Thank you. I am most definitely going to be dunked. If asked, I would encourage any convert to Orthodoxy with the "option" of baptism vs. only chrismation...be baptized. I was baptized at age eight in a Baptist church. It was trinitarian, and I truly believe something did occur there. Yet, I look forward to a fully Orthodox baptism in the Church. I feel like, if I sought actively to have my previous baptism recognized and succeeded, I would later kick myself for not having a baptism in the Church.

I'm in a very evangelical (in the original sense of the word), convert-majority parish. In my two years there, I've witnessed probably near 15 baptisms (some of infants, some of converts). It's a beauitful service, and I look very much forward to partaking of that awesome mystery.

It's a matter of how the Bishop decides to parse the Creed.

Really?? Interesting...
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« Reply #16 on: March 25, 2011, 05:00:58 PM »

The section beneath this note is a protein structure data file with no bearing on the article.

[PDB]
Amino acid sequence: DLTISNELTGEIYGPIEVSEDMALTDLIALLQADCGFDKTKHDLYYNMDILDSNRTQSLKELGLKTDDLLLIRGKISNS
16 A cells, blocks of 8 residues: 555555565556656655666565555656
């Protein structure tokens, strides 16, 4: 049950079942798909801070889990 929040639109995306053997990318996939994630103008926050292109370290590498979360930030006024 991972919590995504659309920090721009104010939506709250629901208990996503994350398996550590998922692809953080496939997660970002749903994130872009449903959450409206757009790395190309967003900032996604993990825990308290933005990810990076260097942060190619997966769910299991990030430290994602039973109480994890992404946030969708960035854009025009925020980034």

wow, it's amazing how everyone uses words like deeper and fuller to explain the difference between orthodoxy and other Christian beliefs. it's really true. i have been orthodox for 2 years, having believed in God and the death and resurrection of Jesus Christ and the renewing work of the Holy Spirit for most of my life before that.
it is really something so deep, so wonderful. there was literally nothing like my first orthodox Holy Communion, although one or two things i experienced before that were like a foretaste of it.

i only have a few orthodox convert friends, this is why i come on orthodox websites to hear about others' experiences and opinions. it's something i can't adequately explain to my friends who are from other Christian groups, and even my orthodox friends don't really understand it, although i think my priest has some idea.